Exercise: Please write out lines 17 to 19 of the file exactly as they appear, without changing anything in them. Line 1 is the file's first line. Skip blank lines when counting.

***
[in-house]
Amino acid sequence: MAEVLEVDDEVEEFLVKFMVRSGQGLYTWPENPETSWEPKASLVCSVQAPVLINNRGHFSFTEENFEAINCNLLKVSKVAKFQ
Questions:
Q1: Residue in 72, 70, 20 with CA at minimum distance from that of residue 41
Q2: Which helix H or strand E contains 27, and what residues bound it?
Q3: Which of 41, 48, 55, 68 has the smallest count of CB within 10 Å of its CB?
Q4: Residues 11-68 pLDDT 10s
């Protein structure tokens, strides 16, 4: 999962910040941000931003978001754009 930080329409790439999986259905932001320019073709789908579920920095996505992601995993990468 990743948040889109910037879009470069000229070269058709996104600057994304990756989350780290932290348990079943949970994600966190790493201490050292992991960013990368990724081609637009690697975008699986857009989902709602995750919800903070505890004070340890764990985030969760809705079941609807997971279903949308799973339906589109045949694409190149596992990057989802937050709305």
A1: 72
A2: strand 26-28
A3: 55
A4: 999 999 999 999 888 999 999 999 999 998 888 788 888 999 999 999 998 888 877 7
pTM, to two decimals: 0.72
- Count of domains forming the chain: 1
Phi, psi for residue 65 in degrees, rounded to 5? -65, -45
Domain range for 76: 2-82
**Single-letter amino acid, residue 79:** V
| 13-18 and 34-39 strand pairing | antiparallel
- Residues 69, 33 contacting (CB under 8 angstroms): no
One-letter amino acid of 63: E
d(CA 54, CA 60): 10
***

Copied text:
**Single-letter amino acid, residue 79:** V
| 13-18 and 34-39 strand pairing | antiparallel
- Residues 69, 33 contacting (CB under 8 angstroms): no